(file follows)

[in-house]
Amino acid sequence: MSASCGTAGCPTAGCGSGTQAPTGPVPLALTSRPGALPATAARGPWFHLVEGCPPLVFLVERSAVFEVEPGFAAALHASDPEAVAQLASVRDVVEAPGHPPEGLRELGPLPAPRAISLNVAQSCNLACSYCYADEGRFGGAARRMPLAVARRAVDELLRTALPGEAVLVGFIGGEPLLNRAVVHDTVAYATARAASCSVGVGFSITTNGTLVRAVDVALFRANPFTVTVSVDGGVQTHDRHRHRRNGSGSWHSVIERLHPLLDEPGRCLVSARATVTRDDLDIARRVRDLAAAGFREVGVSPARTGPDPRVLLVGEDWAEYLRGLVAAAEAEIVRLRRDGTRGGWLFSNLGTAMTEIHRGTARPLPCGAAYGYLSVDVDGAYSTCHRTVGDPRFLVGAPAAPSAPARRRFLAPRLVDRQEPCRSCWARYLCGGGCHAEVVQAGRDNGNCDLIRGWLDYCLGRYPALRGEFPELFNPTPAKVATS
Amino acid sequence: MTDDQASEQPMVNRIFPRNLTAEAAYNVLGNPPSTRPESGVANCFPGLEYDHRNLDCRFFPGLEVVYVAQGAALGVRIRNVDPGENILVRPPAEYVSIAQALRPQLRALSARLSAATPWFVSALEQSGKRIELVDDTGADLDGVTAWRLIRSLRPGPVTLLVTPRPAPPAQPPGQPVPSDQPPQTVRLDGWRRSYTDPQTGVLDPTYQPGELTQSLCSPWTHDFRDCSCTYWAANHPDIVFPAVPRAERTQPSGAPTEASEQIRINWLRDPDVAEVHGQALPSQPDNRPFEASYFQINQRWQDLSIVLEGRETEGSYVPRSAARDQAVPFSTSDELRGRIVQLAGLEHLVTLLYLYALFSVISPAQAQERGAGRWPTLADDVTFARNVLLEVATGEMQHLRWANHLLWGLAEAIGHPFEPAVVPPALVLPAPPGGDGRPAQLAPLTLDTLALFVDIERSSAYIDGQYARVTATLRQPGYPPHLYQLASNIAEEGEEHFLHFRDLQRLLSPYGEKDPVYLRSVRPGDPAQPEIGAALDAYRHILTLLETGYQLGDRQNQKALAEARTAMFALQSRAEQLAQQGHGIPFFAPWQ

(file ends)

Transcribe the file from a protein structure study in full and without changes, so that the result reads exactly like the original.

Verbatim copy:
[in-house]
Amino acid sequence: MSASCGTAGCPTAGCGSGTQAPTGPVPLALTSRPGALPATAARGPWFHLVEGCPPLVFLVERSAVFEVEPGFAAALHASDPEAVAQLASVRDVVEAPGHPPEGLRELGPLPAPRAISLNVAQSCNLACSYCYADEGRFGGAARRMPLAVARRAVDELLRTALPGEAVLVGFIGGEPLLNRAVVHDTVAYATARAASCSVGVGFSITTNGTLVRAVDVALFRANPFTVTVSVDGGVQTHDRHRHRRNGSGSWHSVIERLHPLLDEPGRCLVSARATVTRDDLDIARRVRDLAAAGFREVGVSPARTGPDPRVLLVGEDWAEYLRGLVAAAEAEIVRLRRDGTRGGWLFSNLGTAMTEIHRGTARPLPCGAAYGYLSVDVDGAYSTCHRTVGDPRFLVGAPAAPSAPARRRFLAPRLVDRQEPCRSCWARYLCGGGCHAEVVQAGRDNGNCDLIRGWLDYCLGRYPALRGEFPELFNPTPAKVATS
Amino acid sequence: MTDDQASEQPMVNRIFPRNLTAEAAYNVLGNPPSTRPESGVANCFPGLEYDHRNLDCRFFPGLEVVYVAQGAALGVRIRNVDPGENILVRPPAEYVSIAQALRPQLRALSARLSAATPWFVSALEQSGKRIELVDDTGADLDGVTAWRLIRSLRPGPVTLLVTPRPAPPAQPPGQPVPSDQPPQTVRLDGWRRSYTDPQTGVLDPTYQPGELTQSLCSPWTHDFRDCSCTYWAANHPDIVFPAVPRAERTQPSGAPTEASEQIRINWLRDPDVAEVHGQALPSQPDNRPFEASYFQINQRWQDLSIVLEGRETEGSYVPRSAARDQAVPFSTSDELRGRIVQLAGLEHLVTLLYLYALFSVISPAQAQERGAGRWPTLADDVTFARNVLLEVATGEMQHLRWANHLLWGLAEAIGHPFEPAVVPPALVLPAPPGGDGRPAQLAPLTLDTLALFVDIERSSAYIDGQYARVTATLRQPGYPPHLYQLASNIAEEGEEHFLHFRDLQRLLSPYGEKDPVYLRSVRPGDPAQPEIGAALDAYRHILTLLETGYQLGDRQNQKALAEARTAMFALQSRAEQLAQQGHGIPFFAPWQ